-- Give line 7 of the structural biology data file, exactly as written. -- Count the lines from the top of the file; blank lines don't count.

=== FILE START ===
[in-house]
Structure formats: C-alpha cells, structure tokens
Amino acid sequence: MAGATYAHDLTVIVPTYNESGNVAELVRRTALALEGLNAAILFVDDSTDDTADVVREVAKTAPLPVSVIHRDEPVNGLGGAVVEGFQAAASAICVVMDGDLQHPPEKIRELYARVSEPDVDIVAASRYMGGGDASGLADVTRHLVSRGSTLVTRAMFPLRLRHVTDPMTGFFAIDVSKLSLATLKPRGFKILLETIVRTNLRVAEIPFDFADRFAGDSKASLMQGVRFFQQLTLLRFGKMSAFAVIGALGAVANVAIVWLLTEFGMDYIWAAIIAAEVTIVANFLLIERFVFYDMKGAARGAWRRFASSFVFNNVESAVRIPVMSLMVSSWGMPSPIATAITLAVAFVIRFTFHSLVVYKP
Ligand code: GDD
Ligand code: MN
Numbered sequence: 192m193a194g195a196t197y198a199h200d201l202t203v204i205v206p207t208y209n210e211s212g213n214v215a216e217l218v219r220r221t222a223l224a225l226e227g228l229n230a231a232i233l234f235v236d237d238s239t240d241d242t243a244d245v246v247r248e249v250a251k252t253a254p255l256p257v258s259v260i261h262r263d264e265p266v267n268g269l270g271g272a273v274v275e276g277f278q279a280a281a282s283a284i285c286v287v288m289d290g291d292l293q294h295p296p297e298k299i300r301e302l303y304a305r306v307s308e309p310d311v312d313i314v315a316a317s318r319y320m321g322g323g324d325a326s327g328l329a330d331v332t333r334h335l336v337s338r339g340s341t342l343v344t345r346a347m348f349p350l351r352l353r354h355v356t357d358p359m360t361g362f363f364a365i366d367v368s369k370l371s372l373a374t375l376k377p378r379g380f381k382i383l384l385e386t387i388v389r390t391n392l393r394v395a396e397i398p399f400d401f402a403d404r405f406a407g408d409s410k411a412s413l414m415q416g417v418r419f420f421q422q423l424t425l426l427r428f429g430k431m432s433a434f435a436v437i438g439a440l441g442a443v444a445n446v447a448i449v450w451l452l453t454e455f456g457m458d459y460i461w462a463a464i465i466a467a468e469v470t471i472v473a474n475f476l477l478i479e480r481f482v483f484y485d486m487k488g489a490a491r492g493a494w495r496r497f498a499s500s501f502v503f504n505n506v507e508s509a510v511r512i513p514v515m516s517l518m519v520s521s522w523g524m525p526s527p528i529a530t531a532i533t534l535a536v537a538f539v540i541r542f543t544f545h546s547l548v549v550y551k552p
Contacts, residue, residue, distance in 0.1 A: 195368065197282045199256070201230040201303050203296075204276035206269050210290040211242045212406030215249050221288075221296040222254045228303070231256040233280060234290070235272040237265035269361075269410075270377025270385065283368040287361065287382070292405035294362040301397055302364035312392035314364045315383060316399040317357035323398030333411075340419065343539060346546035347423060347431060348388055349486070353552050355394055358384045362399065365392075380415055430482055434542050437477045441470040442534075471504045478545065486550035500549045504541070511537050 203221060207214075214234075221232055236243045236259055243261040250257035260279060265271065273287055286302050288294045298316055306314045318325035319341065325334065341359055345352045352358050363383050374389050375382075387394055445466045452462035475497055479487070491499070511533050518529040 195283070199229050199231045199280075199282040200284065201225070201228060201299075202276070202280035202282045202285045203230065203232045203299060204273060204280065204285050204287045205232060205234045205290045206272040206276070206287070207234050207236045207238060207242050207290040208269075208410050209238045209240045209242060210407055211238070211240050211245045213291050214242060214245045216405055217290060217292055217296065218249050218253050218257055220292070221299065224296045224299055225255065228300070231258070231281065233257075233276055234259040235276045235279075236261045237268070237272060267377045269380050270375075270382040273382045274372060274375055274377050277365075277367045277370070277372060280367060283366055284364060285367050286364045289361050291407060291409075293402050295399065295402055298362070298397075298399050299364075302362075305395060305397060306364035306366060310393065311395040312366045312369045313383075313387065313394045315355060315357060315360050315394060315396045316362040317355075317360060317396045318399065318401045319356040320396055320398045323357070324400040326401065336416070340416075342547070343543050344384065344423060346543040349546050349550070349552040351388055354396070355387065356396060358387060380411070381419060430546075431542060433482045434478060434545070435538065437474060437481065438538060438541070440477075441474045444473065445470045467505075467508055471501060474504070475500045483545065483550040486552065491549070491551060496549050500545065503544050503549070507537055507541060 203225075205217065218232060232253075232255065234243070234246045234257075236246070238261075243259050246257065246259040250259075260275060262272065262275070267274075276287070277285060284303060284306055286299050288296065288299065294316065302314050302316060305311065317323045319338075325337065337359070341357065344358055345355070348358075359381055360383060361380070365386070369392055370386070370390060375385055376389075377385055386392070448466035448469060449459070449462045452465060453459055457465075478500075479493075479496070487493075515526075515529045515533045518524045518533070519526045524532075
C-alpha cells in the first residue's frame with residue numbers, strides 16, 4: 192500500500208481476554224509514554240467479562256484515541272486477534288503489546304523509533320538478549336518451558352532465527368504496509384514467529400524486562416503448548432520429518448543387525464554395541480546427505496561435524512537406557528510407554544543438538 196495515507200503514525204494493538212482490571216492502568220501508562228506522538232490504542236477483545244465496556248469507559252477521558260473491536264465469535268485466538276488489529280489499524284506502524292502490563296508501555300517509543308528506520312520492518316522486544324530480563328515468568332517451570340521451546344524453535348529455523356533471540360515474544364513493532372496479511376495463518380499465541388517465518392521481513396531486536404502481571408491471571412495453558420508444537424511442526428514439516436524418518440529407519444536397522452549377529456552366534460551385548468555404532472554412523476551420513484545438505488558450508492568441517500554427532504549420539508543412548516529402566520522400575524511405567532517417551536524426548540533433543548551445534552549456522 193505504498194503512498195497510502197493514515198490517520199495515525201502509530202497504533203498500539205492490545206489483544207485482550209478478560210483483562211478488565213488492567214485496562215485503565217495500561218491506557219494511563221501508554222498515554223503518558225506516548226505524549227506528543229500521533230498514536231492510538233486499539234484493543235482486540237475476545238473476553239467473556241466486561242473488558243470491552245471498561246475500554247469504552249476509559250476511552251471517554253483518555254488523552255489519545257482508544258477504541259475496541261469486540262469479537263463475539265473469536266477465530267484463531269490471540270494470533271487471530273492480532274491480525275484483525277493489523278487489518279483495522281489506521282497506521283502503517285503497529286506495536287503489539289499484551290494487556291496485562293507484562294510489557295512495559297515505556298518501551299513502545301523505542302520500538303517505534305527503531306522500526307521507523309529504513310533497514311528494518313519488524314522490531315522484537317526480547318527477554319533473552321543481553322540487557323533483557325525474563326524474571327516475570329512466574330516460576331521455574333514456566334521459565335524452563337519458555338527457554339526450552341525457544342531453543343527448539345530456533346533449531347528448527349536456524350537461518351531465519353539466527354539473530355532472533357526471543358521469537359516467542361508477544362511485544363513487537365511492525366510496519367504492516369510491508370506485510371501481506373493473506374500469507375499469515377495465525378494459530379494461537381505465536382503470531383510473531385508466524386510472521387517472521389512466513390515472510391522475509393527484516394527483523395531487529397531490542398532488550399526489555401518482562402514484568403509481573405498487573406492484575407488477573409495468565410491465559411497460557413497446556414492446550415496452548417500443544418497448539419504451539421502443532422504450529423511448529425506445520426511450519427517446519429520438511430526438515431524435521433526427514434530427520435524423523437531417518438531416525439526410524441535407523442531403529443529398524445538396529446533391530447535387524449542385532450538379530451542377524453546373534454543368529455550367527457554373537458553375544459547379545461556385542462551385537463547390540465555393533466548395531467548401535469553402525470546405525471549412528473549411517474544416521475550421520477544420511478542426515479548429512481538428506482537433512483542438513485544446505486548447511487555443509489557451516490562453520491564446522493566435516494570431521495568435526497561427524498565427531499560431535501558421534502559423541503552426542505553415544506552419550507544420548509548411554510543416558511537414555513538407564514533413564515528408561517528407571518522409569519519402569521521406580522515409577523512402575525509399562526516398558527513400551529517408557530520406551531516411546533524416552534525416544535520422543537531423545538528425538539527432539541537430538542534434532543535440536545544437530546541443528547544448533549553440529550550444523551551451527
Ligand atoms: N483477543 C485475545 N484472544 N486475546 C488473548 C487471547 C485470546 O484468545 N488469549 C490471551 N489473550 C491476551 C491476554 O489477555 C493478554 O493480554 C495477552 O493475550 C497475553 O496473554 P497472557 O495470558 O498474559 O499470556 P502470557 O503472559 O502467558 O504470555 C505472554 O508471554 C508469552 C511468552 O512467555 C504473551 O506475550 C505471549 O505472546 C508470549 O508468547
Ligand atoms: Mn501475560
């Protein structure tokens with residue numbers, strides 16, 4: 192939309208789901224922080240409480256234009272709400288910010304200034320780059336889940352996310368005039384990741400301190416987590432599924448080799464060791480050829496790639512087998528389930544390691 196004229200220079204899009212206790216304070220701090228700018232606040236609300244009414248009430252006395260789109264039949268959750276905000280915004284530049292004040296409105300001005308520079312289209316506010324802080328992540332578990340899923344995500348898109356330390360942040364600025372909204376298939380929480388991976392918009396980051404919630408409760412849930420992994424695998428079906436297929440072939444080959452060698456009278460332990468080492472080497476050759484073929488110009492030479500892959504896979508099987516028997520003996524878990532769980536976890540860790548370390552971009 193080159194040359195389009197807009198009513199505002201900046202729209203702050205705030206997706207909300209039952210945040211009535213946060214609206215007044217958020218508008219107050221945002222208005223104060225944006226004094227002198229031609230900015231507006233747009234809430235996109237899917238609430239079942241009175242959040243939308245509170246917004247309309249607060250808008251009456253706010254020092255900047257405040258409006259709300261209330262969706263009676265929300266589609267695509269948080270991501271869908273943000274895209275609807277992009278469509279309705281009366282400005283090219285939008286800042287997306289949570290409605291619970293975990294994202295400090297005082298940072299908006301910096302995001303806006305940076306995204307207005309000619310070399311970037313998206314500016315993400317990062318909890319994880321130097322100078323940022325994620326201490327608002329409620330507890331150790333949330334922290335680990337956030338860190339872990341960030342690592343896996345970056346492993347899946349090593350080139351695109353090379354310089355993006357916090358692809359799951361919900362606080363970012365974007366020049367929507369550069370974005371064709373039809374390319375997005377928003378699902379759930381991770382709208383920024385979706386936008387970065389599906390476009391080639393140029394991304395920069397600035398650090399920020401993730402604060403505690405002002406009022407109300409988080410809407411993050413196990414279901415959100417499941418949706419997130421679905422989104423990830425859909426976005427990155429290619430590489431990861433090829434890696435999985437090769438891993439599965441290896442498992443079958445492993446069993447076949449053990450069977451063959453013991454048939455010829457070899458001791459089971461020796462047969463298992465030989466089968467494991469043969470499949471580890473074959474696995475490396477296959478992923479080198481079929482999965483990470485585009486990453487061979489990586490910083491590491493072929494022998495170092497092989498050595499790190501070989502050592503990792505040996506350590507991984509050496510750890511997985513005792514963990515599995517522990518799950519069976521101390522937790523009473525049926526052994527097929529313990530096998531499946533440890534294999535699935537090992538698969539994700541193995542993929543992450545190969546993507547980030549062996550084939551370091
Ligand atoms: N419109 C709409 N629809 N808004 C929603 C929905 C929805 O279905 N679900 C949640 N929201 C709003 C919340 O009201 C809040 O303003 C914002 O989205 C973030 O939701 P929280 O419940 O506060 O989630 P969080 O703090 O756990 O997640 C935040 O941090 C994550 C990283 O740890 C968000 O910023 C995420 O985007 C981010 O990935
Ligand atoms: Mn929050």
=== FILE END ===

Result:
Contacts, residue, residue, distance in 0.1 A: 195368065197282045199256070201230040201303050203296075204276035206269050210290040211242045212406030215249050221288075221296040222254045228303070231256040233280060234290070235272040237265035269361075269410075270377025270385065283368040287361065287382070292405035294362040301397055302364035312392035314364045315383060316399040317357035323398030333411075340419065343539060346546035347423060347431060348388055349486070353552050355394055358384045362399065365392075380415055430482055434542050437477045441470040442534075471504045478545065486550035500549045504541070511537050 203221060207214075214234075221232055236243045236259055243261040250257035260279060265271065273287055286302050288294045298316055306314045318325035319341065325334065341359055345352045352358050363383050374389050375382075387394055445466045452462035475497055479487070491499070511533050518529040 195283070199229050199231045199280075199282040200284065201225070201228060201299075202276070202280035202282045202285045203230065203232045203299060204273060204280065204285050204287045205232060205234045205290045206272040206276070206287070207234050207236045207238060207242050207290040208269075208410050209238045209240045209242060210407055211238070211240050211245045213291050214242060214245045216405055217290060217292055217296065218249050218253050218257055220292070221299065224296045224299055225255065228300070231258070231281065233257075233276055234259040235276045235279075236261045237268070237272060267377045269380050270375075270382040273382045274372060274375055274377050277365075277367045277370070277372060280367060283366055284364060285367050286364045289361050291407060291409075293402050295399065295402055298362070298397075298399050299364075302362075305395060305397060306364035306366060310393065311395040312366045312369045313383075313387065313394045315355060315357060315360050315394060315396045316362040317355075317360060317396045318399065318401045319356040320396055320398045323357070324400040326401065336416070340416075342547070343543050344384065344423060346543040349546050349550070349552040351388055354396070355387065356396060358387060380411070381419060430546075431542060433482045434478060434545070435538065437474060437481065438538060438541070440477075441474045444473065445470045467505075467508055471501060474504070475500045483545065483550040486552065491549070491551060496549050500545065503544050503549070507537055507541060 203225075205217065218232060232253075232255065234243070234246045234257075236246070238261075243259050246257065246259040250259075260275060262272065262275070267274075276287070277285060284303060284306055286299050288296065288299065294316065302314050302316060305311065317323045319338075325337065337359070341357065344358055345355070348358075359381055360383060361380070365386070369392055370386070370390060375385055376389075377385055386392070448466035448469060449459070449462045452465060453459055457465075478500075479493075479496070487493075515526075515529045515533045518524045518533070519526045524532075